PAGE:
It Came From the Cultosphere: The Mind-Bending Madness of ‘The Visitor’
How do you even begin to explain a movie like ‘The Visitor’?
Do you start with the basics? The fact that it was released in 1979, written and produced by Ovidio Assonitis and directed by Giulio Paradisi, two Italians guys who wanted to earn a few bucks releasing a horror movie in the lucrative American market? Do you mention that, to make the movie more appealing to U.S. audiences, “Guilio Paradisi” became “Michael J. Paradise” in the credits?
Or do you start with the cast? Assontis followed the lead of other European filmmakers who filled roles with American actors, but he aimed higher – and stranger. For the part of the film’s hero, the guy who single-handedly battles an alien invasion, Assonitis naturally chose his friend, legendary director John Huston, 73 at the time.
For the dedicated detective who gets his eyes pecked out, he chose Glenn Ford, just a few years after he played Pa Kent in ‘Superman: The Movie.’ Assonitis filled other slots with familiar Hollywood names like Shelley Winters and Mel Ferrer, then cast a pre-‘Terminator,’ pre-‘Aliens’ Lance Henriksen as one of the film’s villains.
He even found a small part for director Sam Peckinpah as an abortion doc, but Peckinpah was so difficult to work with, only a single scene with him survived. And, for the title role, Assonitis cast first-timer Paige Conner as the little girl fathered by an evil alien being.
Maybe I’d better switch gears and explain the plot. Hang on — this isn’t going to be easy. As the movie’s intro explains, there are good space aliens and bad space aliens, and the bad space alien had space sex resulting in a space baby that’s now living on Earth, looking like a normal baby. And only one of the good space aliens, played by Huston, can stop her from taking over the world. Or something like that.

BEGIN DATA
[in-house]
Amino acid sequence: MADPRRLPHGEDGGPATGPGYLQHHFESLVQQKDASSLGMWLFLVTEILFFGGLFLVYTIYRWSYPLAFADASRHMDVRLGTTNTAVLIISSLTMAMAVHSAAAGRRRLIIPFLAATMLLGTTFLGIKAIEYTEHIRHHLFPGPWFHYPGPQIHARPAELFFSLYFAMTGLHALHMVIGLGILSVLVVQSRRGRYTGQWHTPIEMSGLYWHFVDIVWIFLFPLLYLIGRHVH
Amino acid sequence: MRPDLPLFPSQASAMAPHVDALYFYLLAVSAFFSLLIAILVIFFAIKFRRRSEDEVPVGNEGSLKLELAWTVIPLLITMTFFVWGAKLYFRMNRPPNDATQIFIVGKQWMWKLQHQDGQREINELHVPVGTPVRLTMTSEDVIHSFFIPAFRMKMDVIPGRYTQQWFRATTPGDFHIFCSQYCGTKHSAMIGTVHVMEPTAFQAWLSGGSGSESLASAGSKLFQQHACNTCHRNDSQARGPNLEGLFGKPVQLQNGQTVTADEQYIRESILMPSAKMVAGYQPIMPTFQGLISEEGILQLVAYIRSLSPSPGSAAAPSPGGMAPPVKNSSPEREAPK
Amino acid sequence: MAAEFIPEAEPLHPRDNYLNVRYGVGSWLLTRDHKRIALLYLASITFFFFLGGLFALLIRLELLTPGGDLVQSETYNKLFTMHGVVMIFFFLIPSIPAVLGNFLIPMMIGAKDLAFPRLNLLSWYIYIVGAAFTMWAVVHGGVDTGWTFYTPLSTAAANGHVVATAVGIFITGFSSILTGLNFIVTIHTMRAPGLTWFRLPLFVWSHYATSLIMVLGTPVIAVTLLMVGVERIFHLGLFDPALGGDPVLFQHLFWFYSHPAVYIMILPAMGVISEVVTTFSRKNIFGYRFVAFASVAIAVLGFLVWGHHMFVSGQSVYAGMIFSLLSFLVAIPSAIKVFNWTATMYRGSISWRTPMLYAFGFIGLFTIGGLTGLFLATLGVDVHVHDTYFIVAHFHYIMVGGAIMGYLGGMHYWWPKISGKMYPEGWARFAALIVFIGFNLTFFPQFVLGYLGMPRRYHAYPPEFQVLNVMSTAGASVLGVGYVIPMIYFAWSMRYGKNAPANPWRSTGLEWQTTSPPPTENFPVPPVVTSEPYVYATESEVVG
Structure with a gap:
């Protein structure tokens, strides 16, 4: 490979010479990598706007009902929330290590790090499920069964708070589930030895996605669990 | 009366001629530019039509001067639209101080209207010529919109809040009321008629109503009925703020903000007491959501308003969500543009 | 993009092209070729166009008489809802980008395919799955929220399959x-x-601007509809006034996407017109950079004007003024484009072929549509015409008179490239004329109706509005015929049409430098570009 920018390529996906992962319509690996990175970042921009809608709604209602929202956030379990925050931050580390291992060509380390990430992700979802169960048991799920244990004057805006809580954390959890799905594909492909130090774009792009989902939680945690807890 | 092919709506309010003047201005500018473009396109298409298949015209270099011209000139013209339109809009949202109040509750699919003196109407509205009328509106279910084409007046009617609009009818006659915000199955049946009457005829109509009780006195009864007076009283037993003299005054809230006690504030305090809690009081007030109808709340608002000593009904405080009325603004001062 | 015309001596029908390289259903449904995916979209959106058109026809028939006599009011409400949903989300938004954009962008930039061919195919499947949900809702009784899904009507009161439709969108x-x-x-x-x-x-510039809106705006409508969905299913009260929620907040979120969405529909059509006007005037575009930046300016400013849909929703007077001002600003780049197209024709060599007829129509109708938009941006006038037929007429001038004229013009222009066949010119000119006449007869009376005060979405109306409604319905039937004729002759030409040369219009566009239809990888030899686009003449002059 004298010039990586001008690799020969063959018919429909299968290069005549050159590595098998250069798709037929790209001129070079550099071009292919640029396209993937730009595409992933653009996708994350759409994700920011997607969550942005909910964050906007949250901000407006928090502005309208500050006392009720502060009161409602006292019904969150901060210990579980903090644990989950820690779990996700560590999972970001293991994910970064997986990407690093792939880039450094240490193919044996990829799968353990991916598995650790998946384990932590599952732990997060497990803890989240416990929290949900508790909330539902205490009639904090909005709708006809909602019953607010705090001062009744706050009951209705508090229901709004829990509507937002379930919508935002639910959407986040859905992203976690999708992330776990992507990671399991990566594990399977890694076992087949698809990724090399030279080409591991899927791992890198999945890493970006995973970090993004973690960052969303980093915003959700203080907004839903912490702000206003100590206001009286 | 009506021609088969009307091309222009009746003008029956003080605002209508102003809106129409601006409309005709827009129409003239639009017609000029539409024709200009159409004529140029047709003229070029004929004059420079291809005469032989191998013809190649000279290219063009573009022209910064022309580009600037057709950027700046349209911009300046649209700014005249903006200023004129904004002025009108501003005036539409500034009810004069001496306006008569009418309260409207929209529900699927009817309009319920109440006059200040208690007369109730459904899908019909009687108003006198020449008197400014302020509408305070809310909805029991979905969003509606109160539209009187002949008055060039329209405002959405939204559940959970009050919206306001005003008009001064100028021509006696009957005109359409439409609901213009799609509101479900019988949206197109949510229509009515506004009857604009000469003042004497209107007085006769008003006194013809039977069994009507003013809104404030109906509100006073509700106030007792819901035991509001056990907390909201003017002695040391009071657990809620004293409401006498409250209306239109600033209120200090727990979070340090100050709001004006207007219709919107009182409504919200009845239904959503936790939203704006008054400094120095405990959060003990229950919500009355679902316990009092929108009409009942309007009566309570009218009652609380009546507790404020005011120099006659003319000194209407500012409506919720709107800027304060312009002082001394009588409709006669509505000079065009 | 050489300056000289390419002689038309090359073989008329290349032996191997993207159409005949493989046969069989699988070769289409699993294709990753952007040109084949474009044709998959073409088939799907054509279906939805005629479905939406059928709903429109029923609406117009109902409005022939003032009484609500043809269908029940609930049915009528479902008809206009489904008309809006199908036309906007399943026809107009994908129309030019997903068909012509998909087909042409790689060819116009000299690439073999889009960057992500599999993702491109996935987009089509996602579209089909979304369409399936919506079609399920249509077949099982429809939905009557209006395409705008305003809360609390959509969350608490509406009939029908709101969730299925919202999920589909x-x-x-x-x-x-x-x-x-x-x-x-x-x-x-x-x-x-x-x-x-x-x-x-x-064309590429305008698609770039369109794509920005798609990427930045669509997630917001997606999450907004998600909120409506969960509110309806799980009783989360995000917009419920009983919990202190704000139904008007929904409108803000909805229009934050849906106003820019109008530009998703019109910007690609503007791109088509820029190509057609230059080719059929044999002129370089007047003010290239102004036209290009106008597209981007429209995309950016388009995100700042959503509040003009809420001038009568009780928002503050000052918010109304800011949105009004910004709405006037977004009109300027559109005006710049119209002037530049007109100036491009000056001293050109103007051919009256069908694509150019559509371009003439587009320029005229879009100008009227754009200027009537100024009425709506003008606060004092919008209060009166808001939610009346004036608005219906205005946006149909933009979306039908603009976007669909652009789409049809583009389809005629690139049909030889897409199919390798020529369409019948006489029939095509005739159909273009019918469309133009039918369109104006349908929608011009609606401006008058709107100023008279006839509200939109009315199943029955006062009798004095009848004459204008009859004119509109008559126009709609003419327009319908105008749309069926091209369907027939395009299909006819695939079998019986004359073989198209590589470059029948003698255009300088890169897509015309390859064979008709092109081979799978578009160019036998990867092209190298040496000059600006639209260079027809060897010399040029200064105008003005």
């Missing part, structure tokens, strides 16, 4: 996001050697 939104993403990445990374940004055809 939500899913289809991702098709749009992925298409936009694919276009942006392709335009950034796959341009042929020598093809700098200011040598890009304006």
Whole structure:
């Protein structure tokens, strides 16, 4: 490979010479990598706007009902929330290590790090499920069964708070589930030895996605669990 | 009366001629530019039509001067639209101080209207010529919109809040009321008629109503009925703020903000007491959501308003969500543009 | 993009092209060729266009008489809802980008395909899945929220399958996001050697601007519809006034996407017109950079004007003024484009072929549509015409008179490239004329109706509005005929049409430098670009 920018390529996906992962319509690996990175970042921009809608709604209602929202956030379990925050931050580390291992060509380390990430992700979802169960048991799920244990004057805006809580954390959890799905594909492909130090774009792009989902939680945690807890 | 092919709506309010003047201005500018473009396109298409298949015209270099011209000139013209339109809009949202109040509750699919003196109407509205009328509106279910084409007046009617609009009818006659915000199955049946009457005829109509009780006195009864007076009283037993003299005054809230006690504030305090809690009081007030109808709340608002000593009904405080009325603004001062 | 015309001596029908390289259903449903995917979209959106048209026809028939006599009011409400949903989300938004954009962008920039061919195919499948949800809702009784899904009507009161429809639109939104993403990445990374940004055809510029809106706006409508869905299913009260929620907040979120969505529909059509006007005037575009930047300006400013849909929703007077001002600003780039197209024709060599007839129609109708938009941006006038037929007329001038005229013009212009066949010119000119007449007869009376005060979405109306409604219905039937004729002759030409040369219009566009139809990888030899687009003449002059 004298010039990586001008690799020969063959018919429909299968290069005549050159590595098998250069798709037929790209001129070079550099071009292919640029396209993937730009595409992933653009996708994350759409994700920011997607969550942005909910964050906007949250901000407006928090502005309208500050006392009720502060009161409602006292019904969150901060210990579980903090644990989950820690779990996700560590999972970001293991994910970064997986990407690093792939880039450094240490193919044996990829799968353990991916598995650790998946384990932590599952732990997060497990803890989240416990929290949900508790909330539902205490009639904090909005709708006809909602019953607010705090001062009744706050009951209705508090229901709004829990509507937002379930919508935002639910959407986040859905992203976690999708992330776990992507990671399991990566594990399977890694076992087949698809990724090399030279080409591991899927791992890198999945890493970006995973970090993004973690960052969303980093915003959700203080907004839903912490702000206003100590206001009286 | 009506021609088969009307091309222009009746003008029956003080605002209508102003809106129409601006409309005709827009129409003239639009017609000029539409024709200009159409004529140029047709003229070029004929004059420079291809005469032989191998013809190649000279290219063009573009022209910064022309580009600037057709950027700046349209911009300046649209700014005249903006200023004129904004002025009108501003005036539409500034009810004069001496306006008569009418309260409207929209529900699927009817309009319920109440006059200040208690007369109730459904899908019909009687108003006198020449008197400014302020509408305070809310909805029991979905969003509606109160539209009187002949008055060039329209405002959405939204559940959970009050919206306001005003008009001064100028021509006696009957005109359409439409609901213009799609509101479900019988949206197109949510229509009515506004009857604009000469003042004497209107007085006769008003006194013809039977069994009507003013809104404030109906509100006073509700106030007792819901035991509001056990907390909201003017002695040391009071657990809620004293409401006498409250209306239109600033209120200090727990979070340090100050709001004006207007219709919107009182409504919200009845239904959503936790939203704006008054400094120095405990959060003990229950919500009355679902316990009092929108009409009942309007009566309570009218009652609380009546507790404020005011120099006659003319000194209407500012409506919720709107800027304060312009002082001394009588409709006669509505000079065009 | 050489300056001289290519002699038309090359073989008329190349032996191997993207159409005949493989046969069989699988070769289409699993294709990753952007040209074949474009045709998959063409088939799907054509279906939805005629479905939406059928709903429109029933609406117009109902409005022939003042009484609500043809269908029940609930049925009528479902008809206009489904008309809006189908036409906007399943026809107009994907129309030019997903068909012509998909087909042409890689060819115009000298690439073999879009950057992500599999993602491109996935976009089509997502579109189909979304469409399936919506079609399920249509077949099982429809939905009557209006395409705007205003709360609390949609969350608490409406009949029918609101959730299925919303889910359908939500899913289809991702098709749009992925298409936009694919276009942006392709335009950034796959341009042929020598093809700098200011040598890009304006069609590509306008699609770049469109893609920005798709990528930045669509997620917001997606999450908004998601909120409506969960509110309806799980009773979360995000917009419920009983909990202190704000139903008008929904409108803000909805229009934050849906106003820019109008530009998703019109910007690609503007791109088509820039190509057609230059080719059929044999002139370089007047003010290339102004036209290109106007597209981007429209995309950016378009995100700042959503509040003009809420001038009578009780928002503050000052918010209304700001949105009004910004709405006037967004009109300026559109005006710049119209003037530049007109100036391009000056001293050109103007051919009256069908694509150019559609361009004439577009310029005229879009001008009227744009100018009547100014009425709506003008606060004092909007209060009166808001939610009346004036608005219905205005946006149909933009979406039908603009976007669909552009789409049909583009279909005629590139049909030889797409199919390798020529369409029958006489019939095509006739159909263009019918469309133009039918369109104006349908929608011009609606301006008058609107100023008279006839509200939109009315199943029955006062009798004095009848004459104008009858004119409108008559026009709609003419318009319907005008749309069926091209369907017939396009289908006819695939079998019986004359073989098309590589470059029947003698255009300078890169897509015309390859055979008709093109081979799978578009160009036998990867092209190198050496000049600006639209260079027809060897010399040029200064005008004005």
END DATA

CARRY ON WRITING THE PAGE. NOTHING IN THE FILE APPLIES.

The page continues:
As you might have guessed, ‘The Visitor’ is a mess. But it’s a glorious mess, the sort of no-holds-barred money-grab that only could’ve sprung to life in the late ’70s, when every producer in the world (including, obviously, a few in Italy) dreamed of cashing in on the popularity of ‘Star Wars,’ ‘Close Encounters of the Third Kind,’ ‘The Omen,’ ‘The Exorcist’ and a whole lot of other, more polished movies.
True, those movies are “better” in every sense of the word, but they’re not quite as much fun as ‘The Visitor.’ That’s because Assonitis and company tossed in everything they could think of, then tossed in some more stuff for good measure.
There are psychedelic special effects and visions of otherworldly, distinctly cheap landscapes. There’s Franco Nero, famous for playing the original Django, as a sort of blonde Jesus watching over a bunch of kids with shaved heads. There’s a little girl clobbering two grown met at an ice skating rink, and Winters keeping a birdcage full of stuffed birds.
And there are real birds too, plenty of them, showing up every so often to peck out Ford’s eyes or show Henriksen the error of his ways. There’s an Atlanta “Rebels” basketball game and a giant TV set showing Pong and, oh, so much more — all tied together by an unforgettable, deliriously over-the-top musical score.
And, every so often, just when you least expect it, there’s a moment or scene that somehow, against all odds, works beautifully. ‘The Visitor’ isn’t just a so-bad-it’s-good movie. It’s a movie that bounces from bad to good to jaw-dropping without every being boring.
Naturally, it died a quick death in theaters back in the day, finding a brief afterlife on VHS before disappearing altogether. But thankfully, a dedicated cult sprung up in its wake, and Drafthouse Films has preserved the twisted brilliance of ‘The Visitor’ on a beautiful new Blu-ray.
Besides a complete, remastered print of the film, the disc contains an informative booklet, the theatrical trailer and interviews with cinematographer Ennio Guarnier and co-star Henriksen, who seems surprised — but amused — that anyone would still remember this movie.
He shouldn’t be so surprised. Once glimpsed, ‘The Visitor’ can never — ever — be forgotten.